Yesterday we spent several hours exploring downtown Louisville. We found a parking lot next to the river under the highway for $3 for the entire day. What a great deal for a downtown area. Our first stop was the Louisville Slugger museum and factory tour. Sometimes it pays to get older. October is BOGO for seniors, so we both got in for $13. Outside of the building is a 120 foot replica of Babe Ruth's Louisville Slugger bat.
We enjoyed the tour, museum and movie and learned lots of information about bat making. Picture taking was not allowed on the tour. At the end of the tour, each person was given a Louisville Slugger mini bat.
J. Frederick Hillerich started a woodworking business in Louisville in 1856 making butter churns, bedposts and other wood items. In 1884 his son Bud made a bat for professional baseball player Pete Browning who was known as The Louisville Slugger. His father was reluctant to change the business to bat making, but when butter churn use declined, the business became focused on bat making.
Today the company produces 1.8 wooden bats per year, including the mini bats. To accomplish this 40,000 ash and maple trees are cut down each year in New York and Pennsylvania. New trees are planted and the forests are kept healthy. Big league players use between 100 and 120 bats each per year at an average cost of $90 per bat.
The company has a secret patented guided boring machine that produces the maximum number of billets per log. The billets are dried and then shaped into bats. It used to be done by hand and took 30 minutes per bat. It is now done by machine and takes 30 seconds per bat.
The finishing of the bats is still pretty much done by hand including the branding and painting process. I never realized how many colors and finishes bats can have. Professional players are very particular about their bats.
There was a special exhibit at the museum by Ripley's Believe it or Not. This is the smallest street legal car. It's only 54 inches long and 40 inches wide, weighing 175 pounds. A 6' 6" person can fit inside, yet it can fit in a standard size elevator.
How about this toothpick replica of Yankee Stadium made with 125,000 toothpicks and lots of Elmer's glue.
And, being a woodworking company, they had to make the world's largest vampire stake for Halloween.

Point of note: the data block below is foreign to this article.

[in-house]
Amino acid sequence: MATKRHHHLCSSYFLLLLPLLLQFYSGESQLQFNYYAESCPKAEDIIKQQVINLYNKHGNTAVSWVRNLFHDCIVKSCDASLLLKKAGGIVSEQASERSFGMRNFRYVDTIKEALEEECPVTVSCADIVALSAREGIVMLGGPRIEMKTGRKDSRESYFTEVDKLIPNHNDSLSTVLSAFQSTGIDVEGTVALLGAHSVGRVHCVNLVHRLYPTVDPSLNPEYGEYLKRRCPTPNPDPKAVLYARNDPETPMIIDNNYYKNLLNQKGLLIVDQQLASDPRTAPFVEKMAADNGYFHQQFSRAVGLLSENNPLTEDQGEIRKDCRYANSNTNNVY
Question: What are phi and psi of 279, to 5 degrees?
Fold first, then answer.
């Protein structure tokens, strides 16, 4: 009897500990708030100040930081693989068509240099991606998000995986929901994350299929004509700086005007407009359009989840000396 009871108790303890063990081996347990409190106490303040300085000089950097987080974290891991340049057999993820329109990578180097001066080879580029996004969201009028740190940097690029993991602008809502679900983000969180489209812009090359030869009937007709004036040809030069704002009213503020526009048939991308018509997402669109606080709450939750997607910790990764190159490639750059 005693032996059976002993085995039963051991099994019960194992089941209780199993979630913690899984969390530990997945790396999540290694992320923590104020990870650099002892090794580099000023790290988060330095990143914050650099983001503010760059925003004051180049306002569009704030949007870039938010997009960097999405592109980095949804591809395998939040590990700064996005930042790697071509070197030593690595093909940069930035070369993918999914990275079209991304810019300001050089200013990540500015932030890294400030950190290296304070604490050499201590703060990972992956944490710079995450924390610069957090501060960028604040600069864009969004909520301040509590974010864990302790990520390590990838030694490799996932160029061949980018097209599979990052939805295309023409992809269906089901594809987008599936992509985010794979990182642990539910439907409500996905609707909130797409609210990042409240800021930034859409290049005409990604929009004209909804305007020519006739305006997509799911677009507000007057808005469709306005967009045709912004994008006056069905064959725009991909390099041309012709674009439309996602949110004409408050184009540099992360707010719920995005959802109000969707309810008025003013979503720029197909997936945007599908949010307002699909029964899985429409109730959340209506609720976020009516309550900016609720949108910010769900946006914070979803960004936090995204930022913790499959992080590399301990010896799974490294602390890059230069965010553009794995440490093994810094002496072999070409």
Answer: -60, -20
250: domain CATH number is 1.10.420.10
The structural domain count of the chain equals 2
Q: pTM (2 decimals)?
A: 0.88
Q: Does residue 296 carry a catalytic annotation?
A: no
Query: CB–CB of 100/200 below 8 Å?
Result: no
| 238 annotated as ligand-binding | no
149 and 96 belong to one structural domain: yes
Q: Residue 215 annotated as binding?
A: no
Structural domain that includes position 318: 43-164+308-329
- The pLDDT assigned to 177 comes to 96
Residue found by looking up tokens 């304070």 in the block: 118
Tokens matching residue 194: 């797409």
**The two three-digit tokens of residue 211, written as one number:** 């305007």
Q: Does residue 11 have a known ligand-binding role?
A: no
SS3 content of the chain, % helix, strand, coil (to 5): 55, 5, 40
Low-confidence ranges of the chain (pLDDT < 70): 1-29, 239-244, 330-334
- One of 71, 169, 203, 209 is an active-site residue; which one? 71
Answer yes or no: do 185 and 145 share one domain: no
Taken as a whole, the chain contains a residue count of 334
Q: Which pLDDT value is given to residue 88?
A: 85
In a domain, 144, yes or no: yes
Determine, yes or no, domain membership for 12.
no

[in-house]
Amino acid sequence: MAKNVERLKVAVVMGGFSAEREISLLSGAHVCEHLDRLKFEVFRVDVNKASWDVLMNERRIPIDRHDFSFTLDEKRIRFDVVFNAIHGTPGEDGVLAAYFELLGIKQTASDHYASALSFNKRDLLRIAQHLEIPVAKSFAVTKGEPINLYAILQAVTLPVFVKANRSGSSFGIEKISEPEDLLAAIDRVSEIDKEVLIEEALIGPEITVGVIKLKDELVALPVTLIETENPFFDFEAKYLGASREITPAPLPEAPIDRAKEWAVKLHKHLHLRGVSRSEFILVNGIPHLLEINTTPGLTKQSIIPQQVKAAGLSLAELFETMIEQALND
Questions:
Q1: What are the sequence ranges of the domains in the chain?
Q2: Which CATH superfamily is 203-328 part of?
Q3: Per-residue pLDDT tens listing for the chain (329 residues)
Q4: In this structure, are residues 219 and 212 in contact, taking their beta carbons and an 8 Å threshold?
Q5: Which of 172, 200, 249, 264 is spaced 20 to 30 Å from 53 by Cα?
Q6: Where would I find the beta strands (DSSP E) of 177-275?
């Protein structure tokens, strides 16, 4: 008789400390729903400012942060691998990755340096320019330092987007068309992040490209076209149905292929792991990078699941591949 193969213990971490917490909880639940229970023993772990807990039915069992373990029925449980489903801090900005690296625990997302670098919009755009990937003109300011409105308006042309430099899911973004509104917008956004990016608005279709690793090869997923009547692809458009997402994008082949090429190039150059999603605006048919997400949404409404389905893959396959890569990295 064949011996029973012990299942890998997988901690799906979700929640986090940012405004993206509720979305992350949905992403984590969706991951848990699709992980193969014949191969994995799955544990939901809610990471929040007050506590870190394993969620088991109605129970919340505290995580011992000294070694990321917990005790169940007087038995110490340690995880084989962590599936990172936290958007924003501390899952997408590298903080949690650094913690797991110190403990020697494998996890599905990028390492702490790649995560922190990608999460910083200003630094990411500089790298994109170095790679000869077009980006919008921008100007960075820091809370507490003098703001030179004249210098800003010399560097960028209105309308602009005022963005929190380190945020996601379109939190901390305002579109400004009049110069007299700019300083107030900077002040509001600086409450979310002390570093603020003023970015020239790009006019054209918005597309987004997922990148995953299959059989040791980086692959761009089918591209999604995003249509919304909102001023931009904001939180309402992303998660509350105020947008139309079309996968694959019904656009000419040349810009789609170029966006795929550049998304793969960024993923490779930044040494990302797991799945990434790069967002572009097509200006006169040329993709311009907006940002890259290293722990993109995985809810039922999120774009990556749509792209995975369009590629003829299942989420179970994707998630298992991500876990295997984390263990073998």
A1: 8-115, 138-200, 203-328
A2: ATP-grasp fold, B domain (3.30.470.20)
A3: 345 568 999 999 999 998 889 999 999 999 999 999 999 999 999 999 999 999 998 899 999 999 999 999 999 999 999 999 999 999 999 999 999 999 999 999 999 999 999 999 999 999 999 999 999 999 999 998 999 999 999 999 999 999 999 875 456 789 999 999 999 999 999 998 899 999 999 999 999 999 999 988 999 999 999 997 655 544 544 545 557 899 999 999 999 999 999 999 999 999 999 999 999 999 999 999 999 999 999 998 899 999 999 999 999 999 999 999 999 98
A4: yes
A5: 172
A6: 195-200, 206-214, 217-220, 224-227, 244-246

Over 8,000 professional players have signed contracts with the company. Their names are displayed on the Wall of Fame.
Just down the street from the bat museum is a 30 foot David statue unveiled in 2012 by the 21c Museum Hotel. There were several other sculptures in the area. It was quite a surprise to see this large David in Louisville rather than Florence, Italy.
Our next stop was the Bluegrass Brewing Co. for some craft beers. Kevin had the sampler with seven flavors.
I had read about a special dessert in Louisville called Derby Pie and made by Kern's Bakery. It was on the menu at the brewery, so I had to order it. It's kind of like pecan pie only with walnuts instead of pecans. They served it with chocolate and caramel sauce and vanilla bean ice cream. It was DELICIOUS!!! I would definitely recommend it to anyone visiting.
We wandered around some more and stopped at the visitor center. They had some interesting exhibits including one about KFC and Colonel Sanders. He led an interesting life and didn't start franchising KFC until he was 65 years old. He died in 1980 at the age of 90. He is the only non-governor whose body was laid in state at the state capitol. What a great success story.
Louisville is on the Ohio River. We explored Waterfront Park which is a beautifully landscaped area next to the river with sculptures and water features. I was impressed with what a great job the city has done in revitalizing their downtown area and how clean it was.
The arena is called the KFC Yum! Center. I didn't know that Yum! is the name of the corporation that owns Pizza Hut, KFC and Taco Bell. I just thought it meant KFC was yummy.
We had dinner at Gordon Biersch. A Mint Julep was on my list of things to try in Louisville. It was okay, but not something I would order again.
Our last activity for the day was a free ghost walking tour sponsored by the visitor center. A nice lady took us on an hour tour and told a few ghost stories about buildings in the area. It was not the best walking tour we've ever been on, but I guess you get what you paid for.
We ended up walking 7.5 miles and very much enjoying our exploration of downtown Louisville.
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